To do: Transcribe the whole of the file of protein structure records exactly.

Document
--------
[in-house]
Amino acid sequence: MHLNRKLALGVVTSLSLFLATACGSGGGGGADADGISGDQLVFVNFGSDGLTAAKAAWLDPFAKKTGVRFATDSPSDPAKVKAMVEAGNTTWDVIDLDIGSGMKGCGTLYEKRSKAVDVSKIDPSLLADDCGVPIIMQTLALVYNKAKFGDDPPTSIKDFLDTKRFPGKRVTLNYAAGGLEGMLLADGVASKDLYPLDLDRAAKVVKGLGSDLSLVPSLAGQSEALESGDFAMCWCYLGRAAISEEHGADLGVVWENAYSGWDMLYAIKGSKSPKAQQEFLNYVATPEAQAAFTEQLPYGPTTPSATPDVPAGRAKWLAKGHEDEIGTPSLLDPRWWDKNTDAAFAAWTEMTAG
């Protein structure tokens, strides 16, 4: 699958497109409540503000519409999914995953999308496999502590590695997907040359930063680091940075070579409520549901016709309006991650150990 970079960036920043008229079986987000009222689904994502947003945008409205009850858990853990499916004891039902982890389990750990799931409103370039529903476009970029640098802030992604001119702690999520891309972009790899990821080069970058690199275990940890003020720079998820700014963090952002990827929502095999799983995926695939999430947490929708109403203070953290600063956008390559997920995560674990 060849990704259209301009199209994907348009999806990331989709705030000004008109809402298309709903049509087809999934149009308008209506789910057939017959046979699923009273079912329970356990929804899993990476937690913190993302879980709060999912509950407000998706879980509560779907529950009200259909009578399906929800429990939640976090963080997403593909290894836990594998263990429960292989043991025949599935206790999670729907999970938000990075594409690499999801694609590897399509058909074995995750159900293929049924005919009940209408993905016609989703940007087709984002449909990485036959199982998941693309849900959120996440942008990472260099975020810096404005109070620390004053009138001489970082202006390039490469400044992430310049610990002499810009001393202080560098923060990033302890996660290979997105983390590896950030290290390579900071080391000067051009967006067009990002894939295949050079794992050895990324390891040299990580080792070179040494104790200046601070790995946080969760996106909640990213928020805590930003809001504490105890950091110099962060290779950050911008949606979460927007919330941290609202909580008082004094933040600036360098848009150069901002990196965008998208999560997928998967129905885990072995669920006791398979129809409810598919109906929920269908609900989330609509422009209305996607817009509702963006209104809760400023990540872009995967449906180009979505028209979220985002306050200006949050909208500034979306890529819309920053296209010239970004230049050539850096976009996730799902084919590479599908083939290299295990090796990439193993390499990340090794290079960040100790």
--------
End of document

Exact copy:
[in-house]
Amino acid sequence: MHLNRKLALGVVTSLSLFLATACGSGGGGGADADGISGDQLVFVNFGSDGLTAAKAAWLDPFAKKTGVRFATDSPSDPAKVKAMVEAGNTTWDVIDLDIGSGMKGCGTLYEKRSKAVDVSKIDPSLLADDCGVPIIMQTLALVYNKAKFGDDPPTSIKDFLDTKRFPGKRVTLNYAAGGLEGMLLADGVASKDLYPLDLDRAAKVVKGLGSDLSLVPSLAGQSEALESGDFAMCWCYLGRAAISEEHGADLGVVWENAYSGWDMLYAIKGSKSPKAQQEFLNYVATPEAQAAFTEQLPYGPTTPSATPDVPAGRAKWLAKGHEDEIGTPSLLDPRWWDKNTDAAFAAWTEMTAG
């Protein structure tokens, strides 16, 4: 699958497109409540503000519409999914995953999308496999502590590695997907040359930063680091940075070579409520549901016709309006991650150990 970079960036920043008229079986987000009222689904994502947003945008409205009850858990853990499916004891039902982890389990750990799931409103370039529903476009970029640098802030992604001119702690999520891309972009790899990821080069970058690199275990940890003020720079998820700014963090952002990827929502095999799983995926695939999430947490929708109403203070953290600063956008390559997920995560674990 060849990704259209301009199209994907348009999806990331989709705030000004008109809402298309709903049509087809999934149009308008209506789910057939017959046979699923009273079912329970356990929804899993990476937690913190993302879980709060999912509950407000998706879980509560779907529950009200259909009578399906929800429990939640976090963080997403593909290894836990594998263990429960292989043991025949599935206790999670729907999970938000990075594409690499999801694609590897399509058909074995995750159900293929049924005919009940209408993905016609989703940007087709984002449909990485036959199982998941693309849900959120996440942008990472260099975020810096404005109070620390004053009138001489970082202006390039490469400044992430310049610990002499810009001393202080560098923060990033302890996660290979997105983390590896950030290290390579900071080391000067051009967006067009990002894939295949050079794992050895990324390891040299990580080792070179040494104790200046601070790995946080969760996106909640990213928020805590930003809001504490105890950091110099962060290779950050911008949606979460927007919330941290609202909580008082004094933040600036360098848009150069901002990196965008998208999560997928998967129905885990072995669920006791398979129809409810598919109906929920269908609900989330609509422009209305996607817009509702963006209104809760400023990540872009995967449906180009979505028209979220985002306050200006949050909208500034979306890529819309920053296209010239970004230049050539850096976009996730799902084919590479599908083939290299295990090796990439193993390499990340090794290079960040100790």